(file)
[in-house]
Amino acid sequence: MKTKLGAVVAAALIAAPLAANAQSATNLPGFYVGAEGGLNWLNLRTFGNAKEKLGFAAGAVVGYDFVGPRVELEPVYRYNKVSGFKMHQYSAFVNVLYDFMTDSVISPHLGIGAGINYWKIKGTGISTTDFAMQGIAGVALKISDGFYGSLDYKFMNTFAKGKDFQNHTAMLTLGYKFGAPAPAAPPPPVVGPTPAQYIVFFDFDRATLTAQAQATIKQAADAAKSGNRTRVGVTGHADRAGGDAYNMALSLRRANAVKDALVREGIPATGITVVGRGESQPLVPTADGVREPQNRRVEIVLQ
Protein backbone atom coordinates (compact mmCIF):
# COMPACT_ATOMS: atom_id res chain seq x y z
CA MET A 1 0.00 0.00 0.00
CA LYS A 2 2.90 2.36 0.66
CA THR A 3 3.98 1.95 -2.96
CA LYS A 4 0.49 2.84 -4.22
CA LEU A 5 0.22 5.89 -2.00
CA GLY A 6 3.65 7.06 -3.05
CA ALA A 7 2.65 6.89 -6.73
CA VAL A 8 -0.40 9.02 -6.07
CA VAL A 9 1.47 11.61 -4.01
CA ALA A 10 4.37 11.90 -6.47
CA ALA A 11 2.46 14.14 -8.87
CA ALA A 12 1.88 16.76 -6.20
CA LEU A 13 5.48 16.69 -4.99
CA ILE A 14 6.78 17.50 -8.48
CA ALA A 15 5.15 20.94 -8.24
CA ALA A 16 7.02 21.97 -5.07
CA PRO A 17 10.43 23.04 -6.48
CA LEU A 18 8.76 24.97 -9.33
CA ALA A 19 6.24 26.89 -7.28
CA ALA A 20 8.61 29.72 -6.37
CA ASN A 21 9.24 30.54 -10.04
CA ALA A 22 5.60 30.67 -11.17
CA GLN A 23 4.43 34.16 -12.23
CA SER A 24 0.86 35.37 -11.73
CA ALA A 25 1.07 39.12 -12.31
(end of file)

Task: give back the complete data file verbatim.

[in-house]
Amino acid sequence: MKTKLGAVVAAALIAAPLAANAQSATNLPGFYVGAEGGLNWLNLRTFGNAKEKLGFAAGAVVGYDFVGPRVELEPVYRYNKVSGFKMHQYSAFVNVLYDFMTDSVISPHLGIGAGINYWKIKGTGISTTDFAMQGIAGVALKISDGFYGSLDYKFMNTFAKGKDFQNHTAMLTLGYKFGAPAPAAPPPPVVGPTPAQYIVFFDFDRATLTAQAQATIKQAADAAKSGNRTRVGVTGHADRAGGDAYNMALSLRRANAVKDALVREGIPATGITVVGRGESQPLVPTADGVREPQNRRVEIVLQ
Protein backbone atom coordinates (compact mmCIF):
# COMPACT_ATOMS: atom_id res chain seq x y z
CA MET A 1 0.00 0.00 0.00
CA LYS A 2 2.90 2.36 0.66
CA THR A 3 3.98 1.95 -2.96
CA LYS A 4 0.49 2.84 -4.22
CA LEU A 5 0.22 5.89 -2.00
CA GLY A 6 3.65 7.06 -3.05
CA ALA A 7 2.65 6.89 -6.73
CA VAL A 8 -0.40 9.02 -6.07
CA VAL A 9 1.47 11.61 -4.01
CA ALA A 10 4.37 11.90 -6.47
CA ALA A 11 2.46 14.14 -8.87
CA ALA A 12 1.88 16.76 -6.20
CA LEU A 13 5.48 16.69 -4.99
CA ILE A 14 6.78 17.50 -8.48
CA ALA A 15 5.15 20.94 -8.24
CA ALA A 16 7.02 21.97 -5.07
CA PRO A 17 10.43 23.04 -6.48
CA LEU A 18 8.76 24.97 -9.33
CA ALA A 19 6.24 26.89 -7.28
CA ALA A 20 8.61 29.72 -6.37
CA ASN A 21 9.24 30.54 -10.04
CA ALA A 22 5.60 30.67 -11.17
CA GLN A 23 4.43 34.16 -12.23
CA SER A 24 0.86 35.37 -11.73
CA ALA A 25 1.07 39.12 -12.31